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So why do I watch J-Vloggers' videos?

I discovered some Gaijins in Japan doing vlog on YouTube
about a couple of years ago, I think.
At that time, not many people were doing that,
and almost no Japanese.
Japanese are usually too shy to do vlog-thing,
most of them do not like to show their face on internet.
That was a part of the reason
that my space and facebook did not become big in Japan.
Instead of them,
we do have a social networking site called "Mixi"
but most of their members never show their faces on it.

Anway, when I was watching some youtube videos,
I discovered some Gaijins in Japan doing vlog,
and through their related videos,
I discovered more and more J-vloggers like
tokyocooney(my fav), rodgerswan(I miss him), claytonian,
myargonauts, busankevin and helpmefindparents,
to just name a few.
And waching their videos became an addiction
within my internet-addiction,

Now I do not watch as much as I did before
because there are just too many of them now,
and I am a bit bored,
but still I watch most of my fav vloggers' videos.

Then I like to ask myself why I watch them
as I do love analysing things.

Just like many other Japanese who come to New York,
I came here as I was gravitated to the glamolous,
trendy, hip, chic and wild images of this city
which were grossly exaggerated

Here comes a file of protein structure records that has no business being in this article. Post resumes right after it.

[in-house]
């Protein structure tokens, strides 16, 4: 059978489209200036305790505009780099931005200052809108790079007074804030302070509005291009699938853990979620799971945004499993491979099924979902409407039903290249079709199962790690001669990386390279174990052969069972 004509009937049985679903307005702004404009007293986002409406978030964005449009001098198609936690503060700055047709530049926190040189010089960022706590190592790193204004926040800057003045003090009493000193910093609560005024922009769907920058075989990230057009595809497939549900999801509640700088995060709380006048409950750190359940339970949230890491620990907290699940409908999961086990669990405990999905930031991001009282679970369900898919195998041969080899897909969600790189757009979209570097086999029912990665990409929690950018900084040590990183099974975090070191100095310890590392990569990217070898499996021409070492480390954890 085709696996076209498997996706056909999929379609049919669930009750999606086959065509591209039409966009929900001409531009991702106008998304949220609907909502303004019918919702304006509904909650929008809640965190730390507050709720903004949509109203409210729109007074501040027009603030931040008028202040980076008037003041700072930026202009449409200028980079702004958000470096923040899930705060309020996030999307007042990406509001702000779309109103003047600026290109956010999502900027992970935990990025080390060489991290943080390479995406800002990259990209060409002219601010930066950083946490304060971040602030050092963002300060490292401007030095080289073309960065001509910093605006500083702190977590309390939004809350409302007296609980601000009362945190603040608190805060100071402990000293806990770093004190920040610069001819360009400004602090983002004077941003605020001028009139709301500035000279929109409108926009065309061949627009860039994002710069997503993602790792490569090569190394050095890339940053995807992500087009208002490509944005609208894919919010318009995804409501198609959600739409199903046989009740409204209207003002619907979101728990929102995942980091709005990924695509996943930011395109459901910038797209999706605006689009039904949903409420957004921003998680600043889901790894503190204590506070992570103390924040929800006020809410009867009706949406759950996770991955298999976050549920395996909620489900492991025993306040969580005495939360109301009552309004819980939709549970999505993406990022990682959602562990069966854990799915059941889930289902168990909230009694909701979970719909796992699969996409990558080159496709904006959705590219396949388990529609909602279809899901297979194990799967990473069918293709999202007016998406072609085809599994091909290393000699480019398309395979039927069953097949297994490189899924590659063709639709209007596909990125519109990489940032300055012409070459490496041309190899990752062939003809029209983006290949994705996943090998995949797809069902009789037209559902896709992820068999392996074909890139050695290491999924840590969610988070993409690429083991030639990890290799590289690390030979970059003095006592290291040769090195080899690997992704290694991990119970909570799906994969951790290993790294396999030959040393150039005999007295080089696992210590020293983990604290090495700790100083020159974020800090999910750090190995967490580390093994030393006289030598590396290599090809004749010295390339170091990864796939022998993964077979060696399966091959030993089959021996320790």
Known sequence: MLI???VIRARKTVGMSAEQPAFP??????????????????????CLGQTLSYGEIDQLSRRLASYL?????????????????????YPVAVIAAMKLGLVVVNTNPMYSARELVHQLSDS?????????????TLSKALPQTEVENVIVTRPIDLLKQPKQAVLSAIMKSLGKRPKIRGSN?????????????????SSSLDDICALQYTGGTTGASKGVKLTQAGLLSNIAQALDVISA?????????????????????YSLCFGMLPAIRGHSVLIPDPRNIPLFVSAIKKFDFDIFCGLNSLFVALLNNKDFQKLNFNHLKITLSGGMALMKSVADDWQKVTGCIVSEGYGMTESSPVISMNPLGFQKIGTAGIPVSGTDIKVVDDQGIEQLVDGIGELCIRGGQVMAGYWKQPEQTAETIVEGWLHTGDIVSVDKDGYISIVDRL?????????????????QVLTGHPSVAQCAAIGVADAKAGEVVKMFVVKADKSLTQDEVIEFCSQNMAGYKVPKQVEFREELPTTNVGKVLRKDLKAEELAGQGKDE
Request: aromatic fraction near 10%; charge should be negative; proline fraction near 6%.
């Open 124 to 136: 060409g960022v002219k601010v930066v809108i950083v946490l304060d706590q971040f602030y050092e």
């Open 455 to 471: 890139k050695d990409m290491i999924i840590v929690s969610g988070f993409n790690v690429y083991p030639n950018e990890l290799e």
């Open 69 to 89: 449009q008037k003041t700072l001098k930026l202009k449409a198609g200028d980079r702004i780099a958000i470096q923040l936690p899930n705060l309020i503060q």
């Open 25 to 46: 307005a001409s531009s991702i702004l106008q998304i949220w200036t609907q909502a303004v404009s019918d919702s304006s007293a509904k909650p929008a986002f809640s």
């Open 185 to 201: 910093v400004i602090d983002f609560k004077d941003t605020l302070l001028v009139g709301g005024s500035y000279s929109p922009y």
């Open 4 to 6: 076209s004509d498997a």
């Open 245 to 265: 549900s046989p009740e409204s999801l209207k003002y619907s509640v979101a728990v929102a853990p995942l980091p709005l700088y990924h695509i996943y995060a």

by irresponsible Japanese medias.
All Japanese who come to US believe
that they will be able to speak fluent English
within a few years,
and they will make freinds with lots of Americans,
possibly boyfriends and girlfriends too,
and will be able to do something exciting.
However, soon they will realize
how difficult these tasks really are for them.
And probably the most schocking thing is that
Americans are not really interested in making friends
with Asians who can speak only a little English.
As Japanese are deeply in love with American cultures,
this is a harsh reality to swallow for them.
Realizing how hard it is to be accepted by this society
as an Asian who speaks a little English
or speaks English with an accent
in addition to the fact how hard to build the career
outside of the Japanese community
which are Japanese companies and Japanese restaurants,
the majority of Japanese go back Japan
after about four years or so.

Of course, there are people like me